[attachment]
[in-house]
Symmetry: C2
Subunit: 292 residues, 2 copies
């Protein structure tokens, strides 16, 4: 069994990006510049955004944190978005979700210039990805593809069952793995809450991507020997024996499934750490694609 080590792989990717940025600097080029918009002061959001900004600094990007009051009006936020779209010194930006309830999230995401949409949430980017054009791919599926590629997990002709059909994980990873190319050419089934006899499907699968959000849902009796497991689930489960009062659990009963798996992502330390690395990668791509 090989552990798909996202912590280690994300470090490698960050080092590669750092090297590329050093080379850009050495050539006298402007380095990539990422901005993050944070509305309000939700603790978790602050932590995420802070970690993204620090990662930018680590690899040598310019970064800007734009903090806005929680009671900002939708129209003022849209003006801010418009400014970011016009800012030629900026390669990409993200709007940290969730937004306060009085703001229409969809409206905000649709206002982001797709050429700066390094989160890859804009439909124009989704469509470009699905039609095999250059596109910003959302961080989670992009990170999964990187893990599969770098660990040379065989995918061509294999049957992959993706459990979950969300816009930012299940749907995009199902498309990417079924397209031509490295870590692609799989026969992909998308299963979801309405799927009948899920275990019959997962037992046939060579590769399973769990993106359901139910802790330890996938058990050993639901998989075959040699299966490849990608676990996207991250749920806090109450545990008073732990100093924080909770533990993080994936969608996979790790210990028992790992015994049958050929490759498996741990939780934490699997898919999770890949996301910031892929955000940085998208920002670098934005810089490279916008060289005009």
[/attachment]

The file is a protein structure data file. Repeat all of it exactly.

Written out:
[in-house]
Symmetry: C2
Subunit: 292 residues, 2 copies
């Protein structure tokens, strides 16, 4: 069994990006510049955004944190978005979700210039990805593809069952793995809450991507020997024996499934750490694609 080590792989990717940025600097080029918009002061959001900004600094990007009051009006936020779209010194930006309830999230995401949409949430980017054009791919599926590629997990002709059909994980990873190319050419089934006899499907699968959000849902009796497991689930489960009062659990009963798996992502330390690395990668791509 090989552990798909996202912590280690994300470090490698960050080092590669750092090297590329050093080379850009050495050539006298402007380095990539990422901005993050944070509305309000939700603790978790602050932590995420802070970690993204620090990662930018680590690899040598310019970064800007734009903090806005929680009671900002939708129209003022849209003006801010418009400014970011016009800012030629900026390669990409993200709007940290969730937004306060009085703001229409969809409206905000649709206002982001797709050429700066390094989160890859804009439909124009989704469509470009699905039609095999250059596109910003959302961080989670992009990170999964990187893990599969770098660990040379065989995918061509294999049957992959993706459990979950969300816009930012299940749907995009199902498309990417079924397209031509490295870590692609799989026969992909998308299963979801309405799927009948899920275990019959997962037992046939060579590769399973769990993106359901139910802790330890996938058990050993639901998989075959040699299966490849990608676990996207991250749920806090109450545990008073732990100093924080909770533990993080994936969608996979790790210990028992790992015994049958050929490759498996741990939780934490699997898919999770890949996301910031892929955000940085998208920002670098934005810089490279916008060289005009």